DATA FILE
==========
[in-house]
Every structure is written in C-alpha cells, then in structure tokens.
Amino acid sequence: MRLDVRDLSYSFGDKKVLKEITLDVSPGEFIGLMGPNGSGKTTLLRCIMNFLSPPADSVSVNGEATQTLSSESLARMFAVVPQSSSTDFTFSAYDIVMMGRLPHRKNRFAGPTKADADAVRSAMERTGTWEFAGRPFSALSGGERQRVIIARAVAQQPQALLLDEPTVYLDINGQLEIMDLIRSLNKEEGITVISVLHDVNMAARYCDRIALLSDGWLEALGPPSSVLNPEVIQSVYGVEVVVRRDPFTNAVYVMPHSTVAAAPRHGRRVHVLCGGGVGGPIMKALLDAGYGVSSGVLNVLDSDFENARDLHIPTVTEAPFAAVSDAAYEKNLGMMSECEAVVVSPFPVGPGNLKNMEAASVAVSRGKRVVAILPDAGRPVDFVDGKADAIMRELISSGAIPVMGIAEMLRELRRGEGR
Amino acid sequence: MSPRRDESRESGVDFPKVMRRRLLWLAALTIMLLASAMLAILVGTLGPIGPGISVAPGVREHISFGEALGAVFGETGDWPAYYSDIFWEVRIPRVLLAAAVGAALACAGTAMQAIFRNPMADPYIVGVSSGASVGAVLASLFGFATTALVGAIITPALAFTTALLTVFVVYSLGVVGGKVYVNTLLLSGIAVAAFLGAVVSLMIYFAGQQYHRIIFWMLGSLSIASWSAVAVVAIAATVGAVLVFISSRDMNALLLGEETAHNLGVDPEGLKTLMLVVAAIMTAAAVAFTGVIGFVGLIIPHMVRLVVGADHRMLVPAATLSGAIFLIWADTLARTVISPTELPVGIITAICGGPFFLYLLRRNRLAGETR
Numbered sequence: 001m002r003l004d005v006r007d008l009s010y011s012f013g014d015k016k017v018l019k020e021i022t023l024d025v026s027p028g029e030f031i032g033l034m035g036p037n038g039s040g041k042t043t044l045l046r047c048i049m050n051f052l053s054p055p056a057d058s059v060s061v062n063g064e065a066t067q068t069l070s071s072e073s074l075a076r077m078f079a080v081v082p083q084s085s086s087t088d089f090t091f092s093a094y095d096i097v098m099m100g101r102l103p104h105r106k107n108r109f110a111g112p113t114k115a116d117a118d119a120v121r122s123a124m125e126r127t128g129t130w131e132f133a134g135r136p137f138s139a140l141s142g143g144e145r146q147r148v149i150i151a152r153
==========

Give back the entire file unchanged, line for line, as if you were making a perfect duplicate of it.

[in-house]
Every structure is written in C-alpha cells, then in structure tokens.
Amino acid sequence: MRLDVRDLSYSFGDKKVLKEITLDVSPGEFIGLMGPNGSGKTTLLRCIMNFLSPPADSVSVNGEATQTLSSESLARMFAVVPQSSSTDFTFSAYDIVMMGRLPHRKNRFAGPTKADADAVRSAMERTGTWEFAGRPFSALSGGERQRVIIARAVAQQPQALLLDEPTVYLDINGQLEIMDLIRSLNKEEGITVISVLHDVNMAARYCDRIALLSDGWLEALGPPSSVLNPEVIQSVYGVEVVVRRDPFTNAVYVMPHSTVAAAPRHGRRVHVLCGGGVGGPIMKALLDAGYGVSSGVLNVLDSDFENARDLHIPTVTEAPFAAVSDAAYEKNLGMMSECEAVVVSPFPVGPGNLKNMEAASVAVSRGKRVVAILPDAGRPVDFVDGKADAIMRELISSGAIPVMGIAEMLRELRRGEGR
Amino acid sequence: MSPRRDESRESGVDFPKVMRRRLLWLAALTIMLLASAMLAILVGTLGPIGPGISVAPGVREHISFGEALGAVFGETGDWPAYYSDIFWEVRIPRVLLAAAVGAALACAGTAMQAIFRNPMADPYIVGVSSGASVGAVLASLFGFATTALVGAIITPALAFTTALLTVFVVYSLGVVGGKVYVNTLLLSGIAVAAFLGAVVSLMIYFAGQQYHRIIFWMLGSLSIASWSAVAVVAIAATVGAVLVFISSRDMNALLLGEETAHNLGVDPEGLKTLMLVVAAIMTAAAVAFTGVIGFVGLIIPHMVRLVVGADHRMLVPAATLSGAIFLIWADTLARTVISPTELPVGIITAICGGPFFLYLLRRNRLAGETR
Numbered sequence: 001m002r003l004d005v006r007d008l009s010y011s012f013g014d015k016k017v018l019k020e021i022t023l024d025v026s027p028g029e030f031i032g033l034m035g036p037n038g039s040g041k042t043t044l045l046r047c048i049m050n051f052l053s054p055p056a057d058s059v060s061v062n063g064e065a066t067q068t069l070s071s072e073s074l075a076r077m078f079a080v081v082p083q084s085s086s087t088d089f090t091f092s093a094y095d096i097v098m099m100g101r102l103p104h105r106k107n108r109f110a111g112p113t114k115a116d117a118d119a120v121r122s123a124m125e126r127t128g129t130w131e132f133a134g135r136p137f138s139a140l141s142g143g144e145r146q147r148v149i150i151a152r153